“We have the experience that other carnivals just don’t have,” says carnival president Sylvie Tremblay. “There’s a certain European cachet to Quebec City, as well: beautiful architecture, excellent restaurants and hotels, wonderful skiing. We’re not threatened by the others. As a matter of fact, we see them as partners as much as competitors. We all promote winter tourism in Canada.”

Also promoting the beauty of the Canadian winter this year is none other than everyone’s favorite American rodent, Mickey Mouse. Mickey and five of his Walt Disney friends will perform a daily show on the ice castle, as well as appearing at several events with carnival mascot Le Bonhomme. “We’re very excited,” says Tremblay. “It’s another way we’re trying to add more glamor to the carnival.”


Jan. 11-22: Bluebeard’s Castle/Erwartung, O’Keefe Centre, Toronto. The Canadian Opera Company’s intemationally celebrated Bartók and Schoenberg double bill, directed by Quebec’s Robert Lepage.

Feb. 2-18: Oleanna, the National Arts Centre, Ottawa. David Mamet’s controversial play about sexual harassment on campus. Feb. 3-5, 10-12 and 17-19: Ottawa Winterlude. The capital’s winter festival consists of more than 75 events, including skating races along the Rideau Canal, ice carving and the Ottawa Civic Hospital bed race.


Jan. 20-22: Métro World Cup Freestyle Skiing Championship, Lac-Beauport. Competitors from more than a dozen countries perform breathtaking acrobatics and delicate ballet-style routines on skis. Jan. 25-April 23: The Photographs of Edouard-Denis Baldus, Canadian Centre for Architecture, Montreal. An exhibit of rare mid-19th-century French cityscapes and views of the Paris-Lyon-Mediterranean railway taken by the pioneering architectural photographer.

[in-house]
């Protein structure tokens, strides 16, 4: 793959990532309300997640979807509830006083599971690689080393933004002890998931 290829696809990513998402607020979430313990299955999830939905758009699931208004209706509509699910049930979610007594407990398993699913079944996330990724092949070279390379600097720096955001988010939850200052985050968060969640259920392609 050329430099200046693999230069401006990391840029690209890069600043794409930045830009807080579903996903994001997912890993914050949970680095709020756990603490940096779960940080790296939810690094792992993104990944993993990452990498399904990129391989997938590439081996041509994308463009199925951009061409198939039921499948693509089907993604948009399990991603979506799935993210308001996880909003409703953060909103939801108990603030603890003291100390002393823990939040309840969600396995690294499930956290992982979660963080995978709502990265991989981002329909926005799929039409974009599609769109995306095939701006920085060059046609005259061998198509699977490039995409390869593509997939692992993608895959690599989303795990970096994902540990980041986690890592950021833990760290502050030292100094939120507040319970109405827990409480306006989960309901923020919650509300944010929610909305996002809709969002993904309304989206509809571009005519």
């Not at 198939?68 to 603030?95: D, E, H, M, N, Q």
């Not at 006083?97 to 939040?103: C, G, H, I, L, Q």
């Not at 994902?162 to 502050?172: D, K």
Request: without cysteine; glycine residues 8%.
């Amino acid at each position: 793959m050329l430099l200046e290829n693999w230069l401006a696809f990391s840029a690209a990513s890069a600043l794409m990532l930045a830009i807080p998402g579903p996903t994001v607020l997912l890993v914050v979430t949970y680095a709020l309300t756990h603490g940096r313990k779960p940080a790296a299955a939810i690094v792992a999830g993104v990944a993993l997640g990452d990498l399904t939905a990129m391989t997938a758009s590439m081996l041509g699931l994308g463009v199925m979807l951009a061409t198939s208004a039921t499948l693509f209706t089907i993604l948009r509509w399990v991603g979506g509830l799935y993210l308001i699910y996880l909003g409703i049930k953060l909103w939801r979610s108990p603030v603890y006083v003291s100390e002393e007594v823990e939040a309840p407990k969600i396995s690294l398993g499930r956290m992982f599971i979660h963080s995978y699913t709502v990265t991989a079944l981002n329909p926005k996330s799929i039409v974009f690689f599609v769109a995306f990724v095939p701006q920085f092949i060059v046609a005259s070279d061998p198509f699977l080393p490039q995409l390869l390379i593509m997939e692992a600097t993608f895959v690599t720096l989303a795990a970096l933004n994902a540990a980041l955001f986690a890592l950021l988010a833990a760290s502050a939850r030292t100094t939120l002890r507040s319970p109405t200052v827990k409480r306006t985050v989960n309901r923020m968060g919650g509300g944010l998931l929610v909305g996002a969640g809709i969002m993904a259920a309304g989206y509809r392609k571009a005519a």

Feb. 2-12: Quebec Winter Carnival. The 41st edition of the world’s biggest winter carnival features parades, tobogganing, ice-sculpture competitions and canoe races on the St. Lawrence River.

Feb 9-19: International Pee-Wee Hockey Tournament, Quebec City. Young teenagers from Canada, the United States and Europe suit up at the Colisée.


Jan. 25: Winter Dreams, Symphony New Brunswick, Saint John. New York Citybased guest pianist Masanobu Ikemiya joins the orchestra for Tchaikovsky’s First Symphony and Beethoven’s Piano Concerto No. 4.


Jan. 21-22: Open Studio Series, Dance Nova Scotia, Halifax. Canadian choreographers Véronique MacKenzie-Boume and Francine Boucher try out new works in the Grafton Street Theatre.

PRINCE EDWARD ISLAND Feb. 2-6: Alberton Spudster Winter Carnival. Four days of winter frolics, overseen by Spudster, the half-potato, half-lobster carnival mascot, are highlighted by a fancy-dress skate and a sliding party.


Jan. 20-22: Bay Bulls Winter Carnival. The seventh annual event focuses on children’s activities, from toboggan races to face-painting and a scavenger hunt.

NORTHWEST TERRITORIES Feb. 3-5: Kitikmeot Winter Games, Gjoa Haven. The King William Island community (1,900 km due north of Winnipeg) hosts the regional finals in Arctic sports, featuring the oneand two-foot-high kicks, the kneel jump, head pull and other traditional Inuit competitions.


Jan. 20: Cathryn Regher Fashion Showcase, Arts Centre, Whitehorse. The Yukon designer, a favorite of Hollywood stars, presents 65 garments from her spring collection.